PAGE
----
Yoga is both inner and outer work.
Practicing Yamas teaches us to see, and honor, our connection with, and to, all of existence. Niyamas teach us how to be responsible for caring for our individual expression in the world. Asanas teach us how to care for, heal, and preserve our physical vessel. Pranayamas teach us how to maximize and channel our precious life force energy. Pratyaharas teach us how to come into greater control of our mind by purifying our senses from attachment to both mental and physical form. Practicing Dharanas teaches us how to focus our powers of concentration, thus strengthening our ability to understand and properly apply knowledge. Dhyanas teach us how to deepen our connection to our truth through meditation and direct experience. And all limbs, mastered one after the other, and simultaneously, are intended to get us to Samadhi, which gifts us with the knowledge of, and connection to, our true self, nature, and source.
In all eight limbs of Yoga, we learn the true meaning of mind over matter. We see how controlling one’s senses and desires is only a result of gaining control of the mind, as is controlling one’s breath, releasing tension from one’s body, accomplishing one’s goals, building effective relationships, and truly coming to know oneself.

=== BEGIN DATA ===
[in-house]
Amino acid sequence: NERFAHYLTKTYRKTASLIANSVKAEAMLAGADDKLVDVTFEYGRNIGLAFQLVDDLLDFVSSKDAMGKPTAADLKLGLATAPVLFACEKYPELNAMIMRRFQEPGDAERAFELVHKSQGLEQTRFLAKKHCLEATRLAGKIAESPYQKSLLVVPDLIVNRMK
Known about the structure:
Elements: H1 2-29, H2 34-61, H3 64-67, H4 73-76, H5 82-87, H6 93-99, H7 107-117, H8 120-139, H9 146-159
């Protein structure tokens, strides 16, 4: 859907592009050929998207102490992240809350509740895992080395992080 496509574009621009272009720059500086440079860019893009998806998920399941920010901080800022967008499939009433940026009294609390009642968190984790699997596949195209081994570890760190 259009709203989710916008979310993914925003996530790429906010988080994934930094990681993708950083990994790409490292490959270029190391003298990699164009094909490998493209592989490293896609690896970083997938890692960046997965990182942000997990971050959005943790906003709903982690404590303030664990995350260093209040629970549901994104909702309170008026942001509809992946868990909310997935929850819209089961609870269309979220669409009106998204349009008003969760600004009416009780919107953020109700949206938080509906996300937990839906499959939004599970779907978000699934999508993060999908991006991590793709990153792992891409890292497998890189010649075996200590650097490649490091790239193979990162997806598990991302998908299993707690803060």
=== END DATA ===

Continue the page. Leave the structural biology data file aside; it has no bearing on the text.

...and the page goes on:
Through this process of introspection, and the applied force of intention and practice, we come to learn about our innate potential and how to effectively guide and channel it in the world. We learn to understand that all things are connected and see how they are connected and can then work our way back into the full presence of who we truly are by starting with understanding the state of our physical form.
In order to effectively do this, we must move from contemplating the very tangible to the most subtle aspects of ourselves (since Yoga is experiential and requires that we study deeply only one thing: ourselves). In this way, when we practice Samadhi, after preparing ourselves to do so through the limbs practiced before it, we work from the known to the unknown and eventually to the ever-present truth of who we are as individuals while simultaneously finding our connection to all things in the process.
By contemplating form, then concept, then state of being, then presence, we come to know all that there is to be known in our lifetime and see/understand how we fit beautifully into it. And, when we fully know ourselves through this practice of Yoga, we not only bring freedom and understanding to our personal being, but we also bring liberation, comfort, and knowledge to others through our work and presence as well.